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Club Baywatch

August 13, 1995|BETH KLEID | Beth Kleid is a regular contributor to TV Times and Calendar

David Hasselhoff isn't big on sitting still. He jumps out of his chair and admires his new ornately carved desk ("Isn't it great?"). He shows off pictures of his two young daughters ("I'm totally addicted to them. I have to look at them"). He proudly points out a framed MAD magazine "Baywatch" spoof on the wall ("It's so irreverent, it's incredible").

And then all 6-foot-4 of this human dose of caffeine takes a rock-star stance and with a booming voice belts out the closing song for his new show, "Baywatch Nights." Ah, to be serenaded by Mr. Chest Hair himself.

"So, what were we talking about?" he says with an impish smile. Oh, "Baywatch Nights," the spinoff to Hasselhoff's global mega-hit "Baywatch."

With all of his unbridled energy, it comes as no surprise that Hasselhoff is executive producing and starring in a TV show that will run concurrently with "Baywatch," the syndicated series that just happens to be the most-watched show on the planet with 1 billion fans in 140-plus countries, including those in the United States who would never admit to watching the luscious lifeguards strut their stuff on the beach.

But, Hasselhoff explains, "Baywatch Nights" is no "Baywatch." It's a whole new game of beach ball. Off with the sunblock and swimsuits. "Baywatch Nights," arriving in late September on KCOP, deals with the gritty reality of what happens down by the waterfront when the sun sets.

To give a little introduction, Hasselhoff pops a tape with the show's opening into his office VCR. He cranks up the volume. "This is cool," says the enthusiastic one.

At first, its seems like one of those "What a difference a day makes" commercials. Hasselhoff's character Mitch Buchannon, the "Baywatch" hunk in trunks by day, is transformed into an Armani-clad stud muffin when night falls. From the voice-over, it's clear that this fatherly head lifeguard now moonlights as a hip private investigator. He co-owns a detective agency with his buddy Garner Ellerbee (GregAlan Williams), the former beach patrol cop from "Baywatch." And the two get into some pretty dangerous situations. Watch Hasselhoff run away from a blown-up building. "That was actually pretty scary," he says.

Hasselhoff has coined a name for this genre: "light action humor." For in addition to those crazy P.I. capers like going undercover in drag and dressing like a chicken to solve a case, "Baywatch Nights" is a buddy show. And Hasselhoff claims that he and Williams have major chemistry. "There's a charisma and a timing that's unspoken," he says. So expect a little bit of "I Spy" (Hasselhoff's favorite show) and a little bit of "Moonlighting."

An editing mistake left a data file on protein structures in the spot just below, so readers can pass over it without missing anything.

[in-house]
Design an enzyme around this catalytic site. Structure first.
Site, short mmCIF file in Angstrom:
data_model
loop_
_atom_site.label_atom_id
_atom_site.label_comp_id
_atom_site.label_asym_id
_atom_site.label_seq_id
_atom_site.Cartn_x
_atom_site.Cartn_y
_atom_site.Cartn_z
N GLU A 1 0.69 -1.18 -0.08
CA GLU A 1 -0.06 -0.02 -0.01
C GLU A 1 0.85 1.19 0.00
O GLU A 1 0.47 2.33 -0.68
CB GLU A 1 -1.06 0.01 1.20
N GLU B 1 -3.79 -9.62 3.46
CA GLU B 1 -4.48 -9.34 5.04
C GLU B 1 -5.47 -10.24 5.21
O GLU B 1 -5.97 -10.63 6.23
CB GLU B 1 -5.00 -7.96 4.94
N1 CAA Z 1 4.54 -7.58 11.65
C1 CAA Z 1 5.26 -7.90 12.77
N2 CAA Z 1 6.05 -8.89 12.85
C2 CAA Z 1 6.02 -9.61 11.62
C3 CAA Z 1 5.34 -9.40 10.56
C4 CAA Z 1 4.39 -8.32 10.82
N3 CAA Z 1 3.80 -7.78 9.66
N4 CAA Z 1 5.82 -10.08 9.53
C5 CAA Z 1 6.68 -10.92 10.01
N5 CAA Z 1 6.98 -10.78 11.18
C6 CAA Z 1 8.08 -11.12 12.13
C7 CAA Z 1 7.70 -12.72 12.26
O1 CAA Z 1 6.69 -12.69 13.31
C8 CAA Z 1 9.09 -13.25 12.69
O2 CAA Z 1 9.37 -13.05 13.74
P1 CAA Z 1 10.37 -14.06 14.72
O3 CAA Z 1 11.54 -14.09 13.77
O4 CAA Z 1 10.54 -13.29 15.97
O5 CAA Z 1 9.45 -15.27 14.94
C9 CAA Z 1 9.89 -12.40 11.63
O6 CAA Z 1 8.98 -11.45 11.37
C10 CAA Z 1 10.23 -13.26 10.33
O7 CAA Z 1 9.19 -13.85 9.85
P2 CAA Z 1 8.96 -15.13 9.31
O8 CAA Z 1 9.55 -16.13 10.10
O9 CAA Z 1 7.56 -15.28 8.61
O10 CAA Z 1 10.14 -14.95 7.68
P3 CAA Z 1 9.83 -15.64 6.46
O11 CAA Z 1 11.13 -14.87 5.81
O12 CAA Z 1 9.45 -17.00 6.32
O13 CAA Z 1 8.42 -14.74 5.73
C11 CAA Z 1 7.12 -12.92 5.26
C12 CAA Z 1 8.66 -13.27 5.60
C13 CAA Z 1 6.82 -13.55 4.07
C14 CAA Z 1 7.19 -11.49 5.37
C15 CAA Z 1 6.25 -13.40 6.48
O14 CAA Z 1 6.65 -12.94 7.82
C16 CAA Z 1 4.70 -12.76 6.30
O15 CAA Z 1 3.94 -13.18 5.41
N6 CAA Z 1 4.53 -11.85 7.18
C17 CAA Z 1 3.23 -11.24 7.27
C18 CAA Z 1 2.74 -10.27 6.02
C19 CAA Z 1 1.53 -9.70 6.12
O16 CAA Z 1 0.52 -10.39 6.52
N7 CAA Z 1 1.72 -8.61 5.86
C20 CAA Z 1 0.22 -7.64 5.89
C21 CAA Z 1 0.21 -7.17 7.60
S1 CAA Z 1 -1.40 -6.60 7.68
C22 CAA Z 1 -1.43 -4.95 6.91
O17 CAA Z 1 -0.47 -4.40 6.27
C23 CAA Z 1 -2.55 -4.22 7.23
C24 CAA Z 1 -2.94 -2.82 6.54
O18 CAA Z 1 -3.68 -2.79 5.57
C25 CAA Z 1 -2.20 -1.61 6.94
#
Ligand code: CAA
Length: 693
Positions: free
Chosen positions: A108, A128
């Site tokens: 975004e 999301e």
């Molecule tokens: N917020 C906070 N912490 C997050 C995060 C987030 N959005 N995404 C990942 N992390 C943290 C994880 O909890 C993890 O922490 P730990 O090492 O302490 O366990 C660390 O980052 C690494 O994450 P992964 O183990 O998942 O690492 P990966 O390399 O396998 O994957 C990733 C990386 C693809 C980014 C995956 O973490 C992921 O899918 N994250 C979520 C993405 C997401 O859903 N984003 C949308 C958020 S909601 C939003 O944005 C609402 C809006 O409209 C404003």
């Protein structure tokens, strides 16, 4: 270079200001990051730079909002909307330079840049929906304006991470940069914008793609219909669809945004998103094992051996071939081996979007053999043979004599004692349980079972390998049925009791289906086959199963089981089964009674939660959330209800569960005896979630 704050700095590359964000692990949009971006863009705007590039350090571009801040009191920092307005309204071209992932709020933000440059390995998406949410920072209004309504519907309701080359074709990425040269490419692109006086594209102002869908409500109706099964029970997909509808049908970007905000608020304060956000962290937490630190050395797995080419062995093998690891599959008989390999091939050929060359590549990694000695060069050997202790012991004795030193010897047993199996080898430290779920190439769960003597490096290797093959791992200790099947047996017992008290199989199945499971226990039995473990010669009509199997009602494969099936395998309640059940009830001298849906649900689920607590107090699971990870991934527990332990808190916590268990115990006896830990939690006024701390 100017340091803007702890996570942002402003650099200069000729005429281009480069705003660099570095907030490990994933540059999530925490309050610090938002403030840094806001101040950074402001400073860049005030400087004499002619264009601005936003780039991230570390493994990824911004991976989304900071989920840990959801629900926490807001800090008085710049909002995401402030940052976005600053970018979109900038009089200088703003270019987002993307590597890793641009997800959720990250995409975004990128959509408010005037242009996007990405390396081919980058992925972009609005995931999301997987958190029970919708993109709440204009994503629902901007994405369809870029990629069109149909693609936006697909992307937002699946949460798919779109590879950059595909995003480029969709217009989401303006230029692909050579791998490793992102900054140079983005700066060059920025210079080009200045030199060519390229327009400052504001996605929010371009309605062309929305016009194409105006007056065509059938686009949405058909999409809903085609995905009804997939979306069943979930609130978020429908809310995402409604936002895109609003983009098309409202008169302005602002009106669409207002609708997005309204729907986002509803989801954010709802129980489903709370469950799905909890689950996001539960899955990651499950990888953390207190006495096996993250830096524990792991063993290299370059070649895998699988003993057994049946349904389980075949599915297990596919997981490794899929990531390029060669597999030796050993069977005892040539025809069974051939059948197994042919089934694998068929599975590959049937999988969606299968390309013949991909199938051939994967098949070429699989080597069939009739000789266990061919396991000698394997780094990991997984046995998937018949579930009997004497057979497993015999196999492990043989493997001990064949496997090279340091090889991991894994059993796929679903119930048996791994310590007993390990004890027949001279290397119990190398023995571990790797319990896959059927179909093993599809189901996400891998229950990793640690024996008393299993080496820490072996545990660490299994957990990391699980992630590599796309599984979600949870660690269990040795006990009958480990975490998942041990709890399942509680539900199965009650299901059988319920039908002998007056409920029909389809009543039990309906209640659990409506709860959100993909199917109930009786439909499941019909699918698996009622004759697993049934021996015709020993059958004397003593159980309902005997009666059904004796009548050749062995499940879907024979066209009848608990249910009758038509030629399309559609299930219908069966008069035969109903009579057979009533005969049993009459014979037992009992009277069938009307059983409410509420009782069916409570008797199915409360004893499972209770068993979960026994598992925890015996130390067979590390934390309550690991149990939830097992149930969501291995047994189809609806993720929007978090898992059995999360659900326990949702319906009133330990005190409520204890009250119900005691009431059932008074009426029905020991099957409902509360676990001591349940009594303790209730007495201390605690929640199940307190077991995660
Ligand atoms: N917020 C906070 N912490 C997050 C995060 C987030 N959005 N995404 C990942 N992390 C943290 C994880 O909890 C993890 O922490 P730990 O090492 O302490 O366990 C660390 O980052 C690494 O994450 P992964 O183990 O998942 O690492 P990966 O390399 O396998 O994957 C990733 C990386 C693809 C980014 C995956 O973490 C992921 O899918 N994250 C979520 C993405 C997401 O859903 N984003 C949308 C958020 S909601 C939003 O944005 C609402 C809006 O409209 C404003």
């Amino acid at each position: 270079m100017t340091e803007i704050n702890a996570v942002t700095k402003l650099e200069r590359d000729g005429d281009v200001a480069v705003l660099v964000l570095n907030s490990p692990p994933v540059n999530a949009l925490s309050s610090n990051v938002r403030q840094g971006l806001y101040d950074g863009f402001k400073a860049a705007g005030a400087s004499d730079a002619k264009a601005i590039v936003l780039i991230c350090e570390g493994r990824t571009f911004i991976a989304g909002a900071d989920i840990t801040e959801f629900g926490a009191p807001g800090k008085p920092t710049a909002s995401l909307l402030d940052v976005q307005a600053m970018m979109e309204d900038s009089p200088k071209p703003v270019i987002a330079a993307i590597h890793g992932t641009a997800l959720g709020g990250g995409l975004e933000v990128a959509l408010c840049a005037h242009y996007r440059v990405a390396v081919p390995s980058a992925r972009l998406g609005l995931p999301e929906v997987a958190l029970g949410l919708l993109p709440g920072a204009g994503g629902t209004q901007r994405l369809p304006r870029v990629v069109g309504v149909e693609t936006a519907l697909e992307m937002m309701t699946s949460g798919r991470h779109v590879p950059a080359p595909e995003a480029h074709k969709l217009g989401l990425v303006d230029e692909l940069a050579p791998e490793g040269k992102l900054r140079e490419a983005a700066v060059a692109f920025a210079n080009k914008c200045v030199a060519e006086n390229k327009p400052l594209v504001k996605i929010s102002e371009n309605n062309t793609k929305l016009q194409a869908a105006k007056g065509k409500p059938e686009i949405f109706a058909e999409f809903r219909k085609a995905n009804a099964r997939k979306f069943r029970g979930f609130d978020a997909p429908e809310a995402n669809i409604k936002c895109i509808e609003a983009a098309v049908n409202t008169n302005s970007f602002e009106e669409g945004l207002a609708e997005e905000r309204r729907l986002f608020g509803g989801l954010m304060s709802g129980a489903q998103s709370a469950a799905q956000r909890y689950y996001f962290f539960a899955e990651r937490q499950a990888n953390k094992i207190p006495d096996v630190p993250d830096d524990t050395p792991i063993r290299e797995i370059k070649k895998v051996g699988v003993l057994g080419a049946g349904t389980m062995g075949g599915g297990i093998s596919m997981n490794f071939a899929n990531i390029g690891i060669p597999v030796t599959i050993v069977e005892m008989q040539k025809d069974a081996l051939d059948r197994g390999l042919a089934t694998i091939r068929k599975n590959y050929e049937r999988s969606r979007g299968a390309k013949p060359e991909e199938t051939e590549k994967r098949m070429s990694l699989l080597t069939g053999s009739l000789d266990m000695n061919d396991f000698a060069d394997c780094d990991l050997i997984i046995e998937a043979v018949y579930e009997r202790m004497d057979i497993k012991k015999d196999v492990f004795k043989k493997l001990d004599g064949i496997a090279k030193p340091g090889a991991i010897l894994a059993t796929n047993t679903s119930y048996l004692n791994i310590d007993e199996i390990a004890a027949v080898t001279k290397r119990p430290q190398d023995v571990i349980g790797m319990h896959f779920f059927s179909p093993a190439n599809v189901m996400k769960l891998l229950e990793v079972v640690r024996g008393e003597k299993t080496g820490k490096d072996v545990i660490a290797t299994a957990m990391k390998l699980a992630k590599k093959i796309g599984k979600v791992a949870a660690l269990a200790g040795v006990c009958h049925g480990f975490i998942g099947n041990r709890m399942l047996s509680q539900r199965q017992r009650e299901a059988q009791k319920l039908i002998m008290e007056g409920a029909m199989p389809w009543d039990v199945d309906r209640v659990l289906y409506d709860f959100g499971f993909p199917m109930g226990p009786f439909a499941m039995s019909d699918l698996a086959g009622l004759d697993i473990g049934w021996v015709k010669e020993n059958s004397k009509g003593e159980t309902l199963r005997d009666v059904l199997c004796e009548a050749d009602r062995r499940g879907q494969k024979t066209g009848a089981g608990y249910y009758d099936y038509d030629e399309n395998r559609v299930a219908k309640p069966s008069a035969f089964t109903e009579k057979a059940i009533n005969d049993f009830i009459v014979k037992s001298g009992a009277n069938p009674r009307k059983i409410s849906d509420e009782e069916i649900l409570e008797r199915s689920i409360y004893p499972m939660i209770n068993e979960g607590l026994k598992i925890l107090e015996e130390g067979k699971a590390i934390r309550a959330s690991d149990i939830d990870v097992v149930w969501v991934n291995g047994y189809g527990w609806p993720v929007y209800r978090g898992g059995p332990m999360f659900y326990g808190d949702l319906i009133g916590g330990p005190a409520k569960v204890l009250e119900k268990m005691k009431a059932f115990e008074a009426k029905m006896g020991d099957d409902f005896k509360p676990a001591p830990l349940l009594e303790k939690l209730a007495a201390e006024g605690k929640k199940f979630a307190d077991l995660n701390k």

And a lot of David Hasselhoff.

"Basically, I've taken all of the ingredients I think I've done successfully before. Part of 'Knight Rider,' part of 'Baywatch.' And, you know, David Hasselhoff." Indeed, modesty isn't big at so-called Camp Baywatch, the Culver City warehouse where Hasselhoff has his office, and where both "Baywatch" and it's noir version are shot. Note the scantily clad women roaming around the place.

To think that Hasselhoff, 43, didn't even want to do another TV show when All American, "Baywatch's" distributor, approached him. "I said, 'I'm burned out on series. I want to go on to movies.' " But the multimillion-dollar deal he was offered to do "Baywatch Nights," which makes him the highest-paid actor in syndicated TV, resuscitated him better than any "Baywatch" lifeguard could have.

"So here I am," he says. "I kind of foresee this year as 'Baywatch' and 'Baywatch Nights,' and then I'll start weaning myself out of 'Baywatch' and focus on 'Baywatch Nights' and features."

In fact, he just turned down a "major, major, major, major movie. It just wasn't right. I had the guts to turn it down because I believe in myself," he says, sounding like inspiration guru Tony Robbins.

But "Baywatch Nights" is absolutely right, because Hasselhoff made it that way. "I said I'm not going to do the show unless I have 51% creative control. I want to do it my way," he says, raising his anchorman-like voice, "or the highway."

"And they said, 'Whatever you want within the budget.' " Hasselhoff is clearly a man who knows what he wants: "I said I want blues. I want a nightclub. I want Lou Rawls ... "

And the King of Syndication gets what he wants. Hasselhoff persuaded Lou Rawls, a longtime friend, to co-star as the owner of the beachfront blues club--conveniently called "Nights"--which is in the same building as the detective agency and serves as the show's hangout.

Sure, "Baywatch" might have blue skies, blue sea and blue-eyed Pamela Lee (formerly Anderson), but "Baywatch Nights" has blues. Rawls thinks the musical element of the show, including performances by Rawls himself and some of his friends who will guest star, will be a draw. Gladys Knight, Ray Charles and Nancy Wilson are on the list.

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